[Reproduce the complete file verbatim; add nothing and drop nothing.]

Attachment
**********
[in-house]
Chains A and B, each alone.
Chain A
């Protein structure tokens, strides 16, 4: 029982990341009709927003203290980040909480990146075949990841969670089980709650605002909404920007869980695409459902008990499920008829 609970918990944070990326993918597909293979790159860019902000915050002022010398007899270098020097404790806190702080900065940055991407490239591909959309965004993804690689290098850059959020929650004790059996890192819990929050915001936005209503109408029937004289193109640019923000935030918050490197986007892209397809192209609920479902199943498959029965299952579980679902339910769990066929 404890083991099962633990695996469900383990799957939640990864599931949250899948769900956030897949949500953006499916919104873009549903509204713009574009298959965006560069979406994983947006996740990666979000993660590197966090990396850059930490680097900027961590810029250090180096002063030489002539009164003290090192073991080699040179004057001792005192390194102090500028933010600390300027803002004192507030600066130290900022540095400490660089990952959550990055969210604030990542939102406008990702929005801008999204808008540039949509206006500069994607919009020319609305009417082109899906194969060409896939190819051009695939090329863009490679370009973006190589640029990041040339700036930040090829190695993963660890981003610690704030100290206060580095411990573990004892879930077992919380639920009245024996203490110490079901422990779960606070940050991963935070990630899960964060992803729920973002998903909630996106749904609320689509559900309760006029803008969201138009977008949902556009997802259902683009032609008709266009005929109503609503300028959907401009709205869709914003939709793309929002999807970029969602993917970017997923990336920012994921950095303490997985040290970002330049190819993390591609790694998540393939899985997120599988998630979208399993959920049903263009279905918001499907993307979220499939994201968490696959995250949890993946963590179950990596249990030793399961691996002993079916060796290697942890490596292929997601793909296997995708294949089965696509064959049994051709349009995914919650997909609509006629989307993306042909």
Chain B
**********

[in-house]
Chains A and B, each alone.
Chain A
């Protein structure tokens, strides 16, 4: 029982990341009709927003203290980040909480990146075949990841969670089980709650605002909404920007869980695409459902008990499920008829 609970918990944070990326993918597909293979790159860019902000915050002022010398007899270098020097404790806190702080900065940055991407490239591909959309965004993804690689290098850059959020929650004790059996890192819990929050915001936005209503109408029937004289193109640019923000935030918050490197986007892209397809192209609920479902199943498959029965299952579980679902339910769990066929 404890083991099962633990695996469900383990799957939640990864599931949250899948769900956030897949949500953006499916919104873009549903509204713009574009298959965006560069979406994983947006996740990666979000993660590197966090990396850059930490680097900027961590810029250090180096002063030489002539009164003290090192073991080699040179004057001792005192390194102090500028933010600390300027803002004192507030600066130290900022540095400490660089990952959550990055969210604030990542939102406008990702929005801008999204808008540039949509206006500069994607919009020319609305009417082109899906194969060409896939190819051009695939090329863009490679370009973006190589640029990041040339700036930040090829190695993963660890981003610690704030100290206060580095411990573990004892879930077992919380639920009245024996203490110490079901422990779960606070940050991963935070990630899960964060992803729920973002998903909630996106749904609320689509559900309760006029803008969201138009977008949902556009997802259902683009032609008709266009005929109503609503300028959907401009709205869709914003939709793309929002999807970029969602993917970017997923990336920012994921950095303490997985040290970002330049190819993390591609790694998540393939899985997120599988998630979208399993959920049903263009279905918001499907993307979220499939994201968490696959995250949890993946963590179950990596249990030793399961691996002993079916060796290697942890490596292929997601793909296997995708294949089965696509064959049994051709349009995914919650997909609509006629989307993306042909």
Chain B